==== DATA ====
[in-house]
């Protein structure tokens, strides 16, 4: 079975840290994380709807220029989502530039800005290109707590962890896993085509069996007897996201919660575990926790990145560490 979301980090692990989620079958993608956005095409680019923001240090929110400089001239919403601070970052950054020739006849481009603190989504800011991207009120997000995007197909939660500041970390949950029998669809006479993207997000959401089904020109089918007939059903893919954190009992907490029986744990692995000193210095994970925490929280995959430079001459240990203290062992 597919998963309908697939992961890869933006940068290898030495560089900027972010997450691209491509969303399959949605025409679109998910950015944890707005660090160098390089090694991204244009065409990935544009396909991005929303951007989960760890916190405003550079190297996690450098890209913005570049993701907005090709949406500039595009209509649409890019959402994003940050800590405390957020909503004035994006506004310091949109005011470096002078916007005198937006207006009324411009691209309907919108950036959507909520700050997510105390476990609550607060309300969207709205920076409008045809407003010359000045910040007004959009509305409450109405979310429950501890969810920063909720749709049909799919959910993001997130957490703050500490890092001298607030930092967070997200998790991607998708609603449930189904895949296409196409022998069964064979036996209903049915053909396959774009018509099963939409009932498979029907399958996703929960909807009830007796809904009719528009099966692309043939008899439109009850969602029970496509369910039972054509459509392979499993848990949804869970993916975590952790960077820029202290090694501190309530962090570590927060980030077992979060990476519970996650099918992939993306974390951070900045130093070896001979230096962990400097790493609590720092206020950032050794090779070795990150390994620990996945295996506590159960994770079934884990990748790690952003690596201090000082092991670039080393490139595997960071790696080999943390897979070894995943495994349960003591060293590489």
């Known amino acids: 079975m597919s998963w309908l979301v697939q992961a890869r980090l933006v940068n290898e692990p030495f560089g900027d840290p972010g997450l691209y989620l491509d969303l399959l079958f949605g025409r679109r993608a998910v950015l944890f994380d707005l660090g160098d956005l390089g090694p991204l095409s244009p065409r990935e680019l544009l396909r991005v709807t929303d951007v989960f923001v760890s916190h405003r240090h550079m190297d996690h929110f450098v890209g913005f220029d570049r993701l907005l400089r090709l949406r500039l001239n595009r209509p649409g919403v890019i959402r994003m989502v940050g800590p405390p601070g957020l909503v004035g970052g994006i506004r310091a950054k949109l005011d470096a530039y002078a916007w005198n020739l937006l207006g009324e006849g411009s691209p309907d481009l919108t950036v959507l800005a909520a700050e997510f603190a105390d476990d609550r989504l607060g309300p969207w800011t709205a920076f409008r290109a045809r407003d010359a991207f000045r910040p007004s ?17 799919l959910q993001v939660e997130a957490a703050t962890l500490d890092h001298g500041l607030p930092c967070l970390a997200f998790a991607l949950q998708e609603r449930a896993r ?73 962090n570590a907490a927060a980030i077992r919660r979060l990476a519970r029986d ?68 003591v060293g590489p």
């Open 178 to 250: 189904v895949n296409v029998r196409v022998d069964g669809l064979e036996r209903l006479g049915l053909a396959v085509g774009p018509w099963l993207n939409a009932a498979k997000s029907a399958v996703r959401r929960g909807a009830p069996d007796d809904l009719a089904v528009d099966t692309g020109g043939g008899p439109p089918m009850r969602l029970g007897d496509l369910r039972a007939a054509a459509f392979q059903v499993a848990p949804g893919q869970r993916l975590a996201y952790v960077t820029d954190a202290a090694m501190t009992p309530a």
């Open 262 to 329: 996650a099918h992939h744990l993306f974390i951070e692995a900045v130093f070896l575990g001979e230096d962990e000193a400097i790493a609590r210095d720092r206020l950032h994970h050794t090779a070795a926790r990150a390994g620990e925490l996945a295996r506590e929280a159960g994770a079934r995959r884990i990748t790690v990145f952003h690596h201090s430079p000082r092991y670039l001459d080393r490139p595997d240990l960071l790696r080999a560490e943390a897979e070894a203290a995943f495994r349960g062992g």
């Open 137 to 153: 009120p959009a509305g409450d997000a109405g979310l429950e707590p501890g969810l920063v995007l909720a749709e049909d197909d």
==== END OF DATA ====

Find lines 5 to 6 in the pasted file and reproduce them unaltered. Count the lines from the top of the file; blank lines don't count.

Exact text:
């Open 262 to 329: 996650a099918h992939h744990l993306f974390i951070e692995a900045v130093f070896l575990g001979e230096d962990e000193a400097i790493a609590r210095d720092r206020l950032h994970h050794t090779a070795a926790r990150a390994g620990e925490l996945a295996r506590e929280a159960g994770a079934r995959r884990i990748t790690v990145f952003h690596h201090s430079p000082r092991y670039l001459d080393r490139p595997d240990l960071l790696r080999a560490e943390a897979e070894a203290a995943f495994r349960g062992g």
């Open 137 to 153: 009120p959009a509305g409450d997000a109405g979310l429950e707590p501890g969810l920063v995007l909720a749709e049909d197909d």